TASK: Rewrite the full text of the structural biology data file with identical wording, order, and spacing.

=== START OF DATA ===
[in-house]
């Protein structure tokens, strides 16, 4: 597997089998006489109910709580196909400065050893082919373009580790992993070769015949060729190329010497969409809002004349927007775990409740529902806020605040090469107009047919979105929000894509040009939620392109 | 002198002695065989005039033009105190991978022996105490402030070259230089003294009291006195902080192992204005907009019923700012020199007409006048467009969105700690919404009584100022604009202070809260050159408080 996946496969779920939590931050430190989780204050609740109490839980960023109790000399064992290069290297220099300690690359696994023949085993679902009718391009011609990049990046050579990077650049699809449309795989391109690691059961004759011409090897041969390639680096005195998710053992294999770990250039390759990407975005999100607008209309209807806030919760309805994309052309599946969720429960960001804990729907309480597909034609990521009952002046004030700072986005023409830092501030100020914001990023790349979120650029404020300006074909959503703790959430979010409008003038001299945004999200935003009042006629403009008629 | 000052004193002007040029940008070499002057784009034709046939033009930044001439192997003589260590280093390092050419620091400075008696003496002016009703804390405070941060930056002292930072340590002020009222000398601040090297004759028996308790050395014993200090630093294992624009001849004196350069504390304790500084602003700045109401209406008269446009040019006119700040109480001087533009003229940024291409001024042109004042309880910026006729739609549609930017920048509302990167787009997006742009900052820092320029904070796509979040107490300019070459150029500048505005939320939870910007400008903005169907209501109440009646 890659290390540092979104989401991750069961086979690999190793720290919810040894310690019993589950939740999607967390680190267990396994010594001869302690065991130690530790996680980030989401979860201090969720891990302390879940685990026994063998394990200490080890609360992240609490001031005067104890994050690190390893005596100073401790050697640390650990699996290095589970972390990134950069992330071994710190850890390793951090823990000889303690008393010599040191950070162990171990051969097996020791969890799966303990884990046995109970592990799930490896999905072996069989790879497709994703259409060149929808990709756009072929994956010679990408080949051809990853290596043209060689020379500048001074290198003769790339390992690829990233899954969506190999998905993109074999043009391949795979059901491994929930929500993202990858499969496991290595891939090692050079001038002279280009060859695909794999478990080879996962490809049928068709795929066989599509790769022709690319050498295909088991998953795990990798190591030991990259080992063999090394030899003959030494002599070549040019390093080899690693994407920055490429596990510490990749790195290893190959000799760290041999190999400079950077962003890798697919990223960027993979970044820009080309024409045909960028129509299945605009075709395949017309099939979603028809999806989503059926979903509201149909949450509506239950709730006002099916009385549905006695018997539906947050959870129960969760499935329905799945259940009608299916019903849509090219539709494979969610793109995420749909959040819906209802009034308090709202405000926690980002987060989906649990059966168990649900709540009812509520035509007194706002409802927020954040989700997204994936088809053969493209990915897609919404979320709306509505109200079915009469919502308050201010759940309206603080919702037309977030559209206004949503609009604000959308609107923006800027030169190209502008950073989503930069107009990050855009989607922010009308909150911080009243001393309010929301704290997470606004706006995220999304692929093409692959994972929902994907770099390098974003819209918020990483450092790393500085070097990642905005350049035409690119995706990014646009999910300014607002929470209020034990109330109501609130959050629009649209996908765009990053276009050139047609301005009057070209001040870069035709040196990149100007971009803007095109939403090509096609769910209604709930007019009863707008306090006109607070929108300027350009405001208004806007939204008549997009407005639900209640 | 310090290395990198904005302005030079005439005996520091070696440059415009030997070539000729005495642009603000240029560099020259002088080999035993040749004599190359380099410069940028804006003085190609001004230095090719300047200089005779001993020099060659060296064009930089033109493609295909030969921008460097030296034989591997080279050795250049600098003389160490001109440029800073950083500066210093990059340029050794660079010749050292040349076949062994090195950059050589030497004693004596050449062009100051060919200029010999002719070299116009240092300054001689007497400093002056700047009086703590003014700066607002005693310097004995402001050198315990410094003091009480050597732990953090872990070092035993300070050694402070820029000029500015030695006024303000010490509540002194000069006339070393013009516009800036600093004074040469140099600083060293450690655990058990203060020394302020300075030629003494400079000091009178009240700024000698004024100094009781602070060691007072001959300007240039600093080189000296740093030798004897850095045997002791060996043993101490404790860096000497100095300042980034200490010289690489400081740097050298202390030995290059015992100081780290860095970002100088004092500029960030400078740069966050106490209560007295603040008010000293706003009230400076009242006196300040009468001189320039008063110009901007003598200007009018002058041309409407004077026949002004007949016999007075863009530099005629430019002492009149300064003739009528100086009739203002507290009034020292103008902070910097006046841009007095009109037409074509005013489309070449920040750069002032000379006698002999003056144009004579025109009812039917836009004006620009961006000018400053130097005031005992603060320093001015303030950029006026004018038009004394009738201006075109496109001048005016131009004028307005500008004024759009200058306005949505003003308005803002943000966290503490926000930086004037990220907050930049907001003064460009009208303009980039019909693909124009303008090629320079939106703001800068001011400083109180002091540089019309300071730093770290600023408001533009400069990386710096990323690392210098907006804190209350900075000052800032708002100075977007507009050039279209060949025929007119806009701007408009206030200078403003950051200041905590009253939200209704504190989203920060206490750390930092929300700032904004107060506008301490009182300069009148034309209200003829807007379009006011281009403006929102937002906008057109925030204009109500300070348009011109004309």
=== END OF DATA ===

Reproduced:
[in-house]
């Protein structure tokens, strides 16, 4: 597997089998006489109910709580196909400065050893082919373009580790992993070769015949060729190329010497969409809002004349927007775990409740529902806020605040090469107009047919979105929000894509040009939620392109 | 002198002695065989005039033009105190991978022996105490402030070259230089003294009291006195902080192992204005907009019923700012020199007409006048467009969105700690919404009584100022604009202070809260050159408080 996946496969779920939590931050430190989780204050609740109490839980960023109790000399064992290069290297220099300690690359696994023949085993679902009718391009011609990049990046050579990077650049699809449309795989391109690691059961004759011409090897041969390639680096005195998710053992294999770990250039390759990407975005999100607008209309209807806030919760309805994309052309599946969720429960960001804990729907309480597909034609990521009952002046004030700072986005023409830092501030100020914001990023790349979120650029404020300006074909959503703790959430979010409008003038001299945004999200935003009042006629403009008629 | 000052004193002007040029940008070499002057784009034709046939033009930044001439192997003589260590280093390092050419620091400075008696003496002016009703804390405070941060930056002292930072340590002020009222000398601040090297004759028996308790050395014993200090630093294992624009001849004196350069504390304790500084602003700045109401209406008269446009040019006119700040109480001087533009003229940024291409001024042109004042309880910026006729739609549609930017920048509302990167787009997006742009900052820092320029904070796509979040107490300019070459150029500048505005939320939870910007400008903005169907209501109440009646 890659290390540092979104989401991750069961086979690999190793720290919810040894310690019993589950939740999607967390680190267990396994010594001869302690065991130690530790996680980030989401979860201090969720891990302390879940685990026994063998394990200490080890609360992240609490001031005067104890994050690190390893005596100073401790050697640390650990699996290095589970972390990134950069992330071994710190850890390793951090823990000889303690008393010599040191950070162990171990051969097996020791969890799966303990884990046995109970592990799930490896999905072996069989790879497709994703259409060149929808990709756009072929994956010679990408080949051809990853290596043209060689020379500048001074290198003769790339390992690829990233899954969506190999998905993109074999043009391949795979059901491994929930929500993202990858499969496991290595891939090692050079001038002279280009060859695909794999478990080879996962490809049928068709795929066989599509790769022709690319050498295909088991998953795990990798190591030991990259080992063999090394030899003959030494002599070549040019390093080899690693994407920055490429596990510490990749790195290893190959000799760290041999190999400079950077962003890798697919990223960027993979970044820009080309024409045909960028129509299945605009075709395949017309099939979603028809999806989503059926979903509201149909949450509506239950709730006002099916009385549905006695018997539906947050959870129960969760499935329905799945259940009608299916019903849509090219539709494979969610793109995420749909959040819906209802009034308090709202405000926690980002987060989906649990059966168990649900709540009812509520035509007194706002409802927020954040989700997204994936088809053969493209990915897609919404979320709306509505109200079915009469919502308050201010759940309206603080919702037309977030559209206004949503609009604000959308609107923006800027030169190209502008950073989503930069107009990050855009989607922010009308909150911080009243001393309010929301704290997470606004706006995220999304692929093409692959994972929902994907770099390098974003819209918020990483450092790393500085070097990642905005350049035409690119995706990014646009999910300014607002929470209020034990109330109501609130959050629009649209996908765009990053276009050139047609301005009057070209001040870069035709040196990149100007971009803007095109939403090509096609769910209604709930007019009863707008306090006109607070929108300027350009405001208004806007939204008549997009407005639900209640 | 310090290395990198904005302005030079005439005996520091070696440059415009030997070539000729005495642009603000240029560099020259002088080999035993040749004599190359380099410069940028804006003085190609001004230095090719300047200089005779001993020099060659060296064009930089033109493609295909030969921008460097030296034989591997080279050795250049600098003389160490001109440029800073950083500066210093990059340029050794660079010749050292040349076949062994090195950059050589030497004693004596050449062009100051060919200029010999002719070299116009240092300054001689007497400093002056700047009086703590003014700066607002005693310097004995402001050198315990410094003091009480050597732990953090872990070092035993300070050694402070820029000029500015030695006024303000010490509540002194000069006339070393013009516009800036600093004074040469140099600083060293450690655990058990203060020394302020300075030629003494400079000091009178009240700024000698004024100094009781602070060691007072001959300007240039600093080189000296740093030798004897850095045997002791060996043993101490404790860096000497100095300042980034200490010289690489400081740097050298202390030995290059015992100081780290860095970002100088004092500029960030400078740069966050106490209560007295603040008010000293706003009230400076009242006196300040009468001189320039008063110009901007003598200007009018002058041309409407004077026949002004007949016999007075863009530099005629430019002492009149300064003739009528100086009739203002507290009034020292103008902070910097006046841009007095009109037409074509005013489309070449920040750069002032000379006698002999003056144009004579025109009812039917836009004006620009961006000018400053130097005031005992603060320093001015303030950029006026004018038009004394009738201006075109496109001048005016131009004028307005500008004024759009200058306005949505003003308005803002943000966290503490926000930086004037990220907050930049907001003064460009009208303009980039019909693909124009303008090629320079939106703001800068001011400083109180002091540089019309300071730093770290600023408001533009400069990386710096990323690392210098907006804190209350900075000052800032708002100075977007507009050039279209060949025929007119806009701007408009206030200078403003950051200041905590009253939200209704504190989203920060206490750390930092929300700032904004107060506008301490009182300069009148034309209200003829807007379009006011281009403006929102937002906008057109925030204009109500300070348009011109004309």